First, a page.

Materials suitable for the diaphragms are preferably of plastic varieties such as polycarbonate, which is preferred since it has self extinguishing and high temperature properties. Other plastics which may also be used for the diaphragms are polyethylene, polypropylene, fabric reinforced with polyester resin, acctal resin, et cetera. Sheet metals may also be used for the diaphragms but the contacts must be insulated from the diaphragm or an insulation must be inserted between the two halves of the diaphragms to prevent short circuits.

Plastic diaphragms must be attached at their periphery by some suitable joining process such as heat sealing, solvent welding or the like. Metal diaphragms may be attached by plastic cements, welding, soldering, brazing and the like. In any event, the diaphragms must be joined together to form an airtight seal.

Referring now in particular to FIGURE 5, the contact 83 illustrated is composed of two materials, namely, a base 86 and a contact or head portion 87. It is conventional to use material such as silver or good electrical conductors for the head portion and a cheaper metal for the base to decrease the cost of the unit. The contact has a nose portion that extends through the diaphragm 85 which is cr'unped over or swaged into intimate contact with the lug or electrical terminal 88. Sufficient pressure must be placed upon the swaging operation in order to make the contact and diaphragm airtight. Disc 4 89 is interposed between the diaphragm and the lug or terminal 88 for stiffening the assembly and preventing local stresses.

The second contact 82 is positioned opposite the first contact 83 and has a similar silver or other good elec trical conductor attached to the base. The leg of the second contact 82 extends through the diaphragm 34 and has a lug or terminal 88 mounted thereon with a disc 89 interposed between the terminal 88 and the diaphragm 84. A portion of the contact leg 90 is swaged or turned over the terminal for mechanical fastening purposes.

A means for flexing the diaphragm must be provided so that the contacts can engage each other and pass electrical current from one terminal to another. One manner of flexing the diaphragms is to provide a vent for evacuating the air between the diaphr'agms, and in the present embodiment this vent is provided by having a passageway 2 coaxially positioned on the contact leg 90 interconnected with the transverse opening 91. A vacuurn line can be connected to the contact leg 92 to thereby evacuate the switch, flex the diaphragms, and cause the contacts to engage. The position of this vacuum vent is only illustrative and any vent may be positioned on any portion of the switch for evacuation purposes.

FIGURE 6 illustrates another embodiment of the prescnt invention in which a single pole, double throw switch is illustrated. This embodiment has the same arrange ment of the contacts on the two diaphragms as illustarted in FIGURES 4 and 5.

An additional diaphragm 93 or support means is interposed between the two diaphragms 84, 85, and has a contact 94 mounted thereon in a conventional manner. The middle support or diaphragm 93 has a Wire 95, or printed circuit, or other conductive means sandwiched or dis posed in the interior of the diaphragm 93 and attached to the contact 94 and terminal 96. The diaphragms may be flexed individually by applying a vacuum at the contact'90, 9t) separately, or a vacuum may be applied to both diaphragms concurrently to make the contacts at all three terminals simultaneously. The central supported diaphragm may be either solid or flexible, depending upon the arrangement and the size of the switch.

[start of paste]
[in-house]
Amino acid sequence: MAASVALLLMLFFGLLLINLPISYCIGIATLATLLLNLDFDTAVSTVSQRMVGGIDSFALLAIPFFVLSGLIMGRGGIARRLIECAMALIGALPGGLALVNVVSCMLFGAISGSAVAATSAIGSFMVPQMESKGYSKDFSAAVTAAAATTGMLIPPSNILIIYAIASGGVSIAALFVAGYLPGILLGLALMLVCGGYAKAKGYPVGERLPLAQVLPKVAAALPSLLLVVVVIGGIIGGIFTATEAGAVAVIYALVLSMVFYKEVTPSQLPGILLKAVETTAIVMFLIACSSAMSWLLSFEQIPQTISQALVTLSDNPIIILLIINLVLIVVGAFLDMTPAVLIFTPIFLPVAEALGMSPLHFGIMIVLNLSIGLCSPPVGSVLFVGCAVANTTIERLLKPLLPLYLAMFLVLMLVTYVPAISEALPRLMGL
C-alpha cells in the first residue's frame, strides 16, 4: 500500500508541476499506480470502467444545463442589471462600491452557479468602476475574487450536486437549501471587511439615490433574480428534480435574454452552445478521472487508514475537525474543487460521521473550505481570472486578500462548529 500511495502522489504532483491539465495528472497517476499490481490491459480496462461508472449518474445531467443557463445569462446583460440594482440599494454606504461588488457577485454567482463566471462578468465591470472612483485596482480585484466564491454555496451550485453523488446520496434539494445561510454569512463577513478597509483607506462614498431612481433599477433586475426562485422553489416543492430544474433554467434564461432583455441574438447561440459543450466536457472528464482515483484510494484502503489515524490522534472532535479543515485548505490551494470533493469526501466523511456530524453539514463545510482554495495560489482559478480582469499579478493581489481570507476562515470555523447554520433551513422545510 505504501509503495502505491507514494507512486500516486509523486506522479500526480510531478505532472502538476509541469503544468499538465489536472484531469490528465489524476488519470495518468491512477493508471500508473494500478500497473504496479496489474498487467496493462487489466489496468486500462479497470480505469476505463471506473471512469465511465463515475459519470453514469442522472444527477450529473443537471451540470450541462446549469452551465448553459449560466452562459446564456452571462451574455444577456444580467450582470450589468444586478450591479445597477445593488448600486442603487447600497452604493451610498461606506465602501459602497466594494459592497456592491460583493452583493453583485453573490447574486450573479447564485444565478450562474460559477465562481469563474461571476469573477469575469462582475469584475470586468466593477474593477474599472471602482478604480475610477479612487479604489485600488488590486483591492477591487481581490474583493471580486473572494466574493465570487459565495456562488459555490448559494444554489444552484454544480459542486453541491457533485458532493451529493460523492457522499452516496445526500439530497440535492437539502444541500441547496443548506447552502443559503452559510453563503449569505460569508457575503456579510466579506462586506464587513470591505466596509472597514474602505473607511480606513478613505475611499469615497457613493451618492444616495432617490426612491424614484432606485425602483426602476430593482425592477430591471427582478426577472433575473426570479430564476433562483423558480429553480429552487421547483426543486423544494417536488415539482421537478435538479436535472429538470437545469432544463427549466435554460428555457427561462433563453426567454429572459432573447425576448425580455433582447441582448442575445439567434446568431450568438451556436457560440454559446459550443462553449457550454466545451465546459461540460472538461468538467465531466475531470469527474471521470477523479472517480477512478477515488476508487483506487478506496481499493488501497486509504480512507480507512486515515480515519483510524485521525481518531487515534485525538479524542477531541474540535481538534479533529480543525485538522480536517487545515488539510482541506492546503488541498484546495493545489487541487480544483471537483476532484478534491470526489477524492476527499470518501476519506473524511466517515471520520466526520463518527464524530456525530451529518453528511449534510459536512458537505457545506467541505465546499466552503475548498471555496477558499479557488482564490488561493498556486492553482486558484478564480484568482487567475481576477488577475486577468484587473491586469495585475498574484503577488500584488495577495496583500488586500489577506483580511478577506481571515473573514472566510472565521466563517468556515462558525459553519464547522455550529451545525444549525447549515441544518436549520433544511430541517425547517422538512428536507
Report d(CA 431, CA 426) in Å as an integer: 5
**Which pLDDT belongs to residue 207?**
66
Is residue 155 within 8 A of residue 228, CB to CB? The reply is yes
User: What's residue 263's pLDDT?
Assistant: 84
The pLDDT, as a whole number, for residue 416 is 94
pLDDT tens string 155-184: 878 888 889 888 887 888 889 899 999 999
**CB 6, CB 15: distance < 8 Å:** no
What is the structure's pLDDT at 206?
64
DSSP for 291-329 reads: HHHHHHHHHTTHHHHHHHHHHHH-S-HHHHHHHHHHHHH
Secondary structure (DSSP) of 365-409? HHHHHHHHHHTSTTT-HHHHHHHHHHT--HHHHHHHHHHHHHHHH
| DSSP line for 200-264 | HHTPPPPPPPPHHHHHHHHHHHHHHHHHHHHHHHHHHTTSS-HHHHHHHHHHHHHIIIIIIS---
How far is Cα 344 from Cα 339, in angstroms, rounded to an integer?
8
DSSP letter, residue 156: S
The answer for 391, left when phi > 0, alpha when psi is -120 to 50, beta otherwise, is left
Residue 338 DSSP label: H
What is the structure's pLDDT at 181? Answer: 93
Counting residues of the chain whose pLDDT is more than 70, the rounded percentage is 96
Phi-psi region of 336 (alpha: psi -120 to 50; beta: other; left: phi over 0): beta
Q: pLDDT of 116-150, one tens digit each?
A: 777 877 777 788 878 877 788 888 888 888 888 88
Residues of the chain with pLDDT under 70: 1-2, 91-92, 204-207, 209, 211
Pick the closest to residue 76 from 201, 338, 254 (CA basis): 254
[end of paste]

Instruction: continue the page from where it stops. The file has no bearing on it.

Referring now to FIGURES 7 and 8,- there is illustrated two embodiments of the present invention which pro vide contact elements having a wiping action. The switch illustrated in FIGURE 7 has contacts 101, 1632 po sitioned opposite each other and attached in a manner illustrated and described with relation to the switch in FIGURES 4 and 5. The diaphragms 193, 1nd are flexible in nature and attached at the periphery, however, the central portion 105, 166 respectively are inclined with relation to the remainder of the diaphragm, thereby canting each contact.

As the switch, illustrated in FIGURE 7 is actuated by applying a vacuum to the contact passageway N7, the diaphragms m3, 104 flex, causing the contacts N1, 162, to engage each other. As the contacts are moved into greater engagement, there is a slight lateral movement of the contacts which prevents a weld from forming and tends to clean the contact faces of any material caused by the arcing of the contacts.

Referring now to FIGURE 8, the switch 108 is another embodiment of the switch illustrated in FIGURE 7 and has a similar Wiping action effected by the contacts. In this embodiment, the entire switch 1438 is very similar to the switch 80 illustrated in FIGURES 4 and 5. The con! tacts 82, 83, have angular faces 169, 11%, respectively such that as the diaphragms are flexed toward each other, the contacts will have a slight lateral movement thereby giving a wiping action similar to the operation described in relation to the switch 100 illustrated in FIGURE 7.

The embodiments illustrated in FIGURES 9, 10, and 11 of the present invention relate generally to normally closed contacts which are opened upon an operation. of a diaphragm flexing means.